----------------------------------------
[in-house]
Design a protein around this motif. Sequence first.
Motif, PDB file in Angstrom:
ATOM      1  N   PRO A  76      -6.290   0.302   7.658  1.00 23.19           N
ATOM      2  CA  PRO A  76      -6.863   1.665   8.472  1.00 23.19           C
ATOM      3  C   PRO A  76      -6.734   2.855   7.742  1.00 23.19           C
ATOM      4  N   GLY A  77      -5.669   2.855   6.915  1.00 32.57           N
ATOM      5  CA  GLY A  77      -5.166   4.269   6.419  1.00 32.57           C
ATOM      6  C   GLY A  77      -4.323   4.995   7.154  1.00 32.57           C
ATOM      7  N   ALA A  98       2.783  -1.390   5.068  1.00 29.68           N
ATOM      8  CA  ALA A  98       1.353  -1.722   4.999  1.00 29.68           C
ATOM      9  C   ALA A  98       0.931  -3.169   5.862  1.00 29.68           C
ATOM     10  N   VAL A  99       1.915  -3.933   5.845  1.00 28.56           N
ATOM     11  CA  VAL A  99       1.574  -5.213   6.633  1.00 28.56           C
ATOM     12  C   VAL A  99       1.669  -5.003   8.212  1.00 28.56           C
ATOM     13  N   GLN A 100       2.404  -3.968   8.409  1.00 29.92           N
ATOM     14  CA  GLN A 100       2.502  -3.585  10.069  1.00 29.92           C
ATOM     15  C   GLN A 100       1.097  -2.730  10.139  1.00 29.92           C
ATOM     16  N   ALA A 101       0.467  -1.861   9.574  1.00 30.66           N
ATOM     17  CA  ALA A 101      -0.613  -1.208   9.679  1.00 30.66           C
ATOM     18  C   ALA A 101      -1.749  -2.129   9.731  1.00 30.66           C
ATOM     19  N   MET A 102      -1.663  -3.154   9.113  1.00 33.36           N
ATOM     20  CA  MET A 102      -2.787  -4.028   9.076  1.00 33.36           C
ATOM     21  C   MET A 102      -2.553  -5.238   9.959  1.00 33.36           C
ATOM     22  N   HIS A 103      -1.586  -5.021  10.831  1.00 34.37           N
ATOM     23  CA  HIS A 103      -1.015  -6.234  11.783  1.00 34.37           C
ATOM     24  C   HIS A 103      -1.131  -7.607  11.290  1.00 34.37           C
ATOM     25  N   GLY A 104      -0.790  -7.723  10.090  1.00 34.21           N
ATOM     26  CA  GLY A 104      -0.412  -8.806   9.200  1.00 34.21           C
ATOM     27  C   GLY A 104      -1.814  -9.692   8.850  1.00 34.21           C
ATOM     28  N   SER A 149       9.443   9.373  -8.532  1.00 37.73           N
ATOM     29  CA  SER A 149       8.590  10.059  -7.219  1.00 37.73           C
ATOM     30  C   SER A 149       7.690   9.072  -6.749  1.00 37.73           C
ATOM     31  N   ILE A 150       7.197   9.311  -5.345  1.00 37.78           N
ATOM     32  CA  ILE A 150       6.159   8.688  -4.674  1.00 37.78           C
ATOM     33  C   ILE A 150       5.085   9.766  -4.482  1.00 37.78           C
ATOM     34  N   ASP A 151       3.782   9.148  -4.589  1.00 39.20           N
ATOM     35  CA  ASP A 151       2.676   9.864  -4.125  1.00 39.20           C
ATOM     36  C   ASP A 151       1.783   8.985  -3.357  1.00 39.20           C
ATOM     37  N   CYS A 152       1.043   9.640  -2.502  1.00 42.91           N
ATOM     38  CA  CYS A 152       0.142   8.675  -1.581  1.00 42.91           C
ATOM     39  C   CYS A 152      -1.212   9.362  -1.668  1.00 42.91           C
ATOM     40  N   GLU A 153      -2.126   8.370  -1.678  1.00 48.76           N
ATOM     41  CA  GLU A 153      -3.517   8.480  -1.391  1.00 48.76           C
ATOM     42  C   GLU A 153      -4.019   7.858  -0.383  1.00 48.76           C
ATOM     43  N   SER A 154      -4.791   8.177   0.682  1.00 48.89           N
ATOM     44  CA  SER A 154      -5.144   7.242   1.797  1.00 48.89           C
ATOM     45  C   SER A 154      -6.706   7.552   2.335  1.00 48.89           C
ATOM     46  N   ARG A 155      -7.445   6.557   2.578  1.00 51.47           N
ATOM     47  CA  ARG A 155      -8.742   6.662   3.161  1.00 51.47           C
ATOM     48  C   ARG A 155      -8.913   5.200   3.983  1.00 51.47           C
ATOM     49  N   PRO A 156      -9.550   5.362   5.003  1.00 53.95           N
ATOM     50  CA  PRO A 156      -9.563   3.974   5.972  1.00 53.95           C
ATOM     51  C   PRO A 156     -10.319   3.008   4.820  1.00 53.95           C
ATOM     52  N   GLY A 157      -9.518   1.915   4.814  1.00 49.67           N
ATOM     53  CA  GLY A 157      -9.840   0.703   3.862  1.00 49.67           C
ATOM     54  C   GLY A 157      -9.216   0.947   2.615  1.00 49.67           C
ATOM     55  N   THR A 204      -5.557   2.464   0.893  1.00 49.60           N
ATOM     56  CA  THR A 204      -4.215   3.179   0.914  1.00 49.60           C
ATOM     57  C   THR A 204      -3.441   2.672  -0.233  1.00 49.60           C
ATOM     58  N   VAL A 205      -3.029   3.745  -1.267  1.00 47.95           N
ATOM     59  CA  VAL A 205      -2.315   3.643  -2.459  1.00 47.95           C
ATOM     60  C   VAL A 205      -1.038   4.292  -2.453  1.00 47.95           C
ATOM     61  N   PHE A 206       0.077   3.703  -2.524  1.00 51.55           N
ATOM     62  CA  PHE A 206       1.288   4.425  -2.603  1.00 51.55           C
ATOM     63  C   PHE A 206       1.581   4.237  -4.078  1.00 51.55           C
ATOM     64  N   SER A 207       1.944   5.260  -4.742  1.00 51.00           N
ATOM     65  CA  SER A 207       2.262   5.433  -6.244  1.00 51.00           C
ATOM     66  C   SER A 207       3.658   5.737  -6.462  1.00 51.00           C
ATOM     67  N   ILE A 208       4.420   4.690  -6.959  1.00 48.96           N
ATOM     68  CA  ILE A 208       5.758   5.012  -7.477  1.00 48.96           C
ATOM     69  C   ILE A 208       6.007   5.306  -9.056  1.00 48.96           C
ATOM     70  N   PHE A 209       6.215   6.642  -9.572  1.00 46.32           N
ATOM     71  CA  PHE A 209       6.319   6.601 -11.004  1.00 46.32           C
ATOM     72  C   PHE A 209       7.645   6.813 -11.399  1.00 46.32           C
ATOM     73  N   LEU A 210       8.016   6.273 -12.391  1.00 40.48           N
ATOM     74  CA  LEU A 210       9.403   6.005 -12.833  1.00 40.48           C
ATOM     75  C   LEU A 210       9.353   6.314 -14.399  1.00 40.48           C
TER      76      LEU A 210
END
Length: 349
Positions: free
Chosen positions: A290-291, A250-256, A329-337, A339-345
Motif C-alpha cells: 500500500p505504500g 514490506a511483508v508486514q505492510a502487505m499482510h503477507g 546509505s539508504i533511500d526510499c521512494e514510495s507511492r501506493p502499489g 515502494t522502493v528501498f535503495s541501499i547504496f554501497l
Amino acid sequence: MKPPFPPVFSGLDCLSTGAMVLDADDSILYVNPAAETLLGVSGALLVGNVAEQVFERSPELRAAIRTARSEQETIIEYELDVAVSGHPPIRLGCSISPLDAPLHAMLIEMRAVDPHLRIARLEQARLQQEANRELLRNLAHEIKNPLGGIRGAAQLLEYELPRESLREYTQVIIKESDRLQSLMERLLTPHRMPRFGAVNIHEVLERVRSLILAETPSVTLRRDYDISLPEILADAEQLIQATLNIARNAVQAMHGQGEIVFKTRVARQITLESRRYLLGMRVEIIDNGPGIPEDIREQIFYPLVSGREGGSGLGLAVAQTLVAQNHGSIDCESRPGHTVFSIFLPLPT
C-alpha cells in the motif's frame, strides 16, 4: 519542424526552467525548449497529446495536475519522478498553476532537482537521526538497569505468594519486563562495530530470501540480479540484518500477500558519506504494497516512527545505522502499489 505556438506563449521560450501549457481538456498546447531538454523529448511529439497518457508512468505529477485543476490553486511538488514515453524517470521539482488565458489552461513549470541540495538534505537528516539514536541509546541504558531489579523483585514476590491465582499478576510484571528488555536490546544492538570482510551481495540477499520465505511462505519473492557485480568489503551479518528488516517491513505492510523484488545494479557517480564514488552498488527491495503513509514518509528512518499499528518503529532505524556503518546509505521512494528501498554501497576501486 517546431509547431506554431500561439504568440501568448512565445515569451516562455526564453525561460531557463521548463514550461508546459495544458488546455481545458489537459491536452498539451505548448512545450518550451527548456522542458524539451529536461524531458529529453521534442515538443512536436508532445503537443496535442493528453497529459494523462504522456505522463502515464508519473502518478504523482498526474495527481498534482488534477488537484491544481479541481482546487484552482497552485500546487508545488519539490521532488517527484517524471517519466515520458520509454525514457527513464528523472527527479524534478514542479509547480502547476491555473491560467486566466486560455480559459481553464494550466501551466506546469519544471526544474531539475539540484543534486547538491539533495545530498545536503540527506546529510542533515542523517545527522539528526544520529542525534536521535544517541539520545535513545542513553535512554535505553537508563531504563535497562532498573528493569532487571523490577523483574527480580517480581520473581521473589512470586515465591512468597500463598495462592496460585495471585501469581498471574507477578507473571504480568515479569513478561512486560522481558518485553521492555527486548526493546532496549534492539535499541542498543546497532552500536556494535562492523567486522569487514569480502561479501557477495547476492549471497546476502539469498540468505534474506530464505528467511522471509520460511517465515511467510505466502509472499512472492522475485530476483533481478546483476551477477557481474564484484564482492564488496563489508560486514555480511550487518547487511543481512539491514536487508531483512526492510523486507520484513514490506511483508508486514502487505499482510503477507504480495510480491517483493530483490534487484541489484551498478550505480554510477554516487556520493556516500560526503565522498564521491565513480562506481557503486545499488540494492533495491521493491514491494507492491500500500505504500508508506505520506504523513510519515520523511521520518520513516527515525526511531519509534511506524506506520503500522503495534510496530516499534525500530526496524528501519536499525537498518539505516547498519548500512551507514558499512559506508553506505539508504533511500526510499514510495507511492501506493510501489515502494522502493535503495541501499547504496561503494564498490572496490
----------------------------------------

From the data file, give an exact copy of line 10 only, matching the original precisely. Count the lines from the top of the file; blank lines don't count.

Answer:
ATOM      7  N   ALA A  98       2.783  -1.390   5.068  1.00 29.68           N